It has been a busy day in Rome, doing the Vatican Museum, St. Peter's and the Trevi Fountain. But I have to find time to get you your Outside the Box and have I got a great one for you. David Galland of Casey Research was kind enough to let me use an interview he did with two of his energy research staff normally only available to his subscribers. A big thank you to David.
This is a special treat for Outside the Box readers, as they talk about the future of the energy markets. I have been following their work for some time and I think they are the real deal if you are looking for an energy letter to regularly read. You can subscribe at here.
I am going to sign off as the "kids" are waiting. One quick observation. Stop lights in Rome seem to be more of a suggestion than an actual statement. Oh, but what a city!
Your in the city of restaurants analyst,
I send you Outside the Box each week not to make you comfortable but to make you think. Usually it is on some financial topic, but life is more than investments. Economics is not an isolated discipline (more like an art form I think) so we have to have a real understanding of the world around us. This week I offer two essays which made me both think and reflect. We live in a world which wants easy solutions to complex problems, and wish as we may, will not get easy solutions which will work.
The first essay is by Pewter Huber on the reality of energy production. We all want to be able to "go green." How realistic is that? The second is by my friend George Friedman on torture and US intelligence failures.
Peter Huber is a Manhattan Institute senior fellow and the coauthor, most recently, of The Bottomless Well. His article develops arguments that he made in an Intelligence Squared U.S. debate in January. George is well known to OTB readers. He is president of Stratfor and was with the CIA (as was his wife Meredith) before they founded Stratfor, what I think of as the premier private intelligence agency in the world.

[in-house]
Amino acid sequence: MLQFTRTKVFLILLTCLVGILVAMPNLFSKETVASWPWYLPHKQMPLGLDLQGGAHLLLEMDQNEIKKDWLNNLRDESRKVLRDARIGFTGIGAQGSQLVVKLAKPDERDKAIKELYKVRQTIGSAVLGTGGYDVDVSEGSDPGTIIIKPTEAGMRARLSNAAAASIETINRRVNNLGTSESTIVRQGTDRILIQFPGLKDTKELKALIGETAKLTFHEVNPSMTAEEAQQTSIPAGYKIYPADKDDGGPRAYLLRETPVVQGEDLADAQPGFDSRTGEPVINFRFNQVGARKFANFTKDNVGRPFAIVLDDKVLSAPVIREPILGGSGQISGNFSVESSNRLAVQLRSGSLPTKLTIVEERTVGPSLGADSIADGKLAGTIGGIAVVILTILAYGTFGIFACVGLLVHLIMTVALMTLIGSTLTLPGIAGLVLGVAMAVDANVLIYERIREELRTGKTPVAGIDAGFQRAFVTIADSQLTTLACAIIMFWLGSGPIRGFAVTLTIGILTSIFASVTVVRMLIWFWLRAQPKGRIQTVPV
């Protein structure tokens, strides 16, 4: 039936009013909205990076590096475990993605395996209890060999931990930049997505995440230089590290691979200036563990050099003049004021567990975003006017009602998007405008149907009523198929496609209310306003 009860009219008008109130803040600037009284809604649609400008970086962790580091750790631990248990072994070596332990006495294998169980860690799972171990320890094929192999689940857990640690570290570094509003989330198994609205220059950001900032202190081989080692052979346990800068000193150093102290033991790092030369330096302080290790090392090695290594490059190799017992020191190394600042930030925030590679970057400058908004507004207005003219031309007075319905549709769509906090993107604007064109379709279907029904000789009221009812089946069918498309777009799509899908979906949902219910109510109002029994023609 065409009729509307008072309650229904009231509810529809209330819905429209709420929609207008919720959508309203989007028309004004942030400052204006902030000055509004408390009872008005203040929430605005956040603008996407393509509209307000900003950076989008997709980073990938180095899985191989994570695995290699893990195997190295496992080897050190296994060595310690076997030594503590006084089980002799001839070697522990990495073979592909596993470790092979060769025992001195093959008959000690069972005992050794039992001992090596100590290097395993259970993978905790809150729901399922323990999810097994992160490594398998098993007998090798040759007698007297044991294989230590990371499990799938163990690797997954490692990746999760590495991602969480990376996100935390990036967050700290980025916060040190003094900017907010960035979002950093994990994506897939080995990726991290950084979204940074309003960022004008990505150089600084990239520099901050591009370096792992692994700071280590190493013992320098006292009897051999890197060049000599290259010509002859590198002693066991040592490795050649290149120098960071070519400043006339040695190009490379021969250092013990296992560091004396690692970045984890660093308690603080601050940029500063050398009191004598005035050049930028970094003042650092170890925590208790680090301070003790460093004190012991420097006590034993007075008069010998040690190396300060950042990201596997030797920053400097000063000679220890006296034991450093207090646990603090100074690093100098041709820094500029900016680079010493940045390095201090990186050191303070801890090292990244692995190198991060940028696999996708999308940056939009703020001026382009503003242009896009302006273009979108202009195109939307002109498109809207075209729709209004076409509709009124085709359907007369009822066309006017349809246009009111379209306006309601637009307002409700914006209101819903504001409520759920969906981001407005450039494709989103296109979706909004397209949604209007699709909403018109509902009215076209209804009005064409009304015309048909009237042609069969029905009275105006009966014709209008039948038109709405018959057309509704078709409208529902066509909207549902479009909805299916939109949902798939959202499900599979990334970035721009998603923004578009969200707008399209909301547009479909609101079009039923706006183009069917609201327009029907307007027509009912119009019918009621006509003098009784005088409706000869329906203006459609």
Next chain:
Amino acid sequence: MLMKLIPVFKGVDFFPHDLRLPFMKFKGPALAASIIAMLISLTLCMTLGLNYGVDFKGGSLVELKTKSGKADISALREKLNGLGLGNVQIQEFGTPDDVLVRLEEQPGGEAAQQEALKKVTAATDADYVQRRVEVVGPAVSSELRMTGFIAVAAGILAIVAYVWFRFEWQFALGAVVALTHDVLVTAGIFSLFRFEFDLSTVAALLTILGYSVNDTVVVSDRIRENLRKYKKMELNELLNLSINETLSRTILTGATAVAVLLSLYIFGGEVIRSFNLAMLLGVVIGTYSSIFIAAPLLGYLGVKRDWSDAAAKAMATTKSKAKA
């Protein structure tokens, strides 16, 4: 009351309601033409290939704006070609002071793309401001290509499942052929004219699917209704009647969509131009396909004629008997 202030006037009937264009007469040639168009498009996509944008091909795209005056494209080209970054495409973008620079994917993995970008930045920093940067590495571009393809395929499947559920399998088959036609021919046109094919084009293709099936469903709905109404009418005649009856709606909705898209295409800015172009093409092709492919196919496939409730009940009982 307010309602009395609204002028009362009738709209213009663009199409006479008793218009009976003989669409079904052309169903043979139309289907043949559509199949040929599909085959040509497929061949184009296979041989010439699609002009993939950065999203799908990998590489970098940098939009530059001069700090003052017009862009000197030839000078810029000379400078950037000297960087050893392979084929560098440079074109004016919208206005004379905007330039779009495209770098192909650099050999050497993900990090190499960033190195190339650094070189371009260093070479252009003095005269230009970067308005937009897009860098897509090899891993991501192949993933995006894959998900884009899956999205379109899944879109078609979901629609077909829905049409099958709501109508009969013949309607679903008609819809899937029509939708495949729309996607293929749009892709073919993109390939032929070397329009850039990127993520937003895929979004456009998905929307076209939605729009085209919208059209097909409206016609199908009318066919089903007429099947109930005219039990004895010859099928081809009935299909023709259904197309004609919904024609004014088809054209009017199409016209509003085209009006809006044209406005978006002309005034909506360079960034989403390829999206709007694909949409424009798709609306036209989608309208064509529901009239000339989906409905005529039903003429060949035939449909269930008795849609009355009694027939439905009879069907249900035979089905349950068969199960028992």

I suggest you put on your thinking caps and take some time to read both of these very important essays, and enjoy your week. I am off to Orlando and the CFA conference.
As a boy with a slingshot, killing two birds with one stone meant I was either the best shot in the land or the luckiest -- and rewarded by neighborhood fame and the good fortune of the affection of the girl next door.
As I read a piece sent to me by George Friedman, founder of STRATFOR, entitled 'Obama's Energy Plan: Trying to Kill 3 Birds With 1 Stone,' it dawned on me that reading STRATFOR is the same maximization of my opportunities: not only am I getting information about three important aspects of global affairs -- economics, politics, and military movements -- but I'm getting information I can use to invest, to make business decisions, and to share at cocktail parties. I'm getting neighborhood fame and that girl's affection all over again.
At a time when your investments are earning less and less, getting more and more for your money is more important than ever. STRATFOR continues to give you more intelligence, analysis, and forecasts on more countries, regions, and continents but for the same low price. In the piece I've included below, STRATFOR's expert analysts lay out how Obama plans to address three energy issues with one ten-year plan. It's more in-depth than anything else out there, offering a clear-cut explanation of complicated energy policies and projects spanning the next decade.
Click here to go to STRATFOR where you'll find a chart that elaborates on the energy piece, as well as a special offer just for my readers: you get 2 years for the price of 1. I encourage you to kill those three birds with one stone by joining STRATFOR and getting more economic, political, and military intelligence, analysis, and forecasts.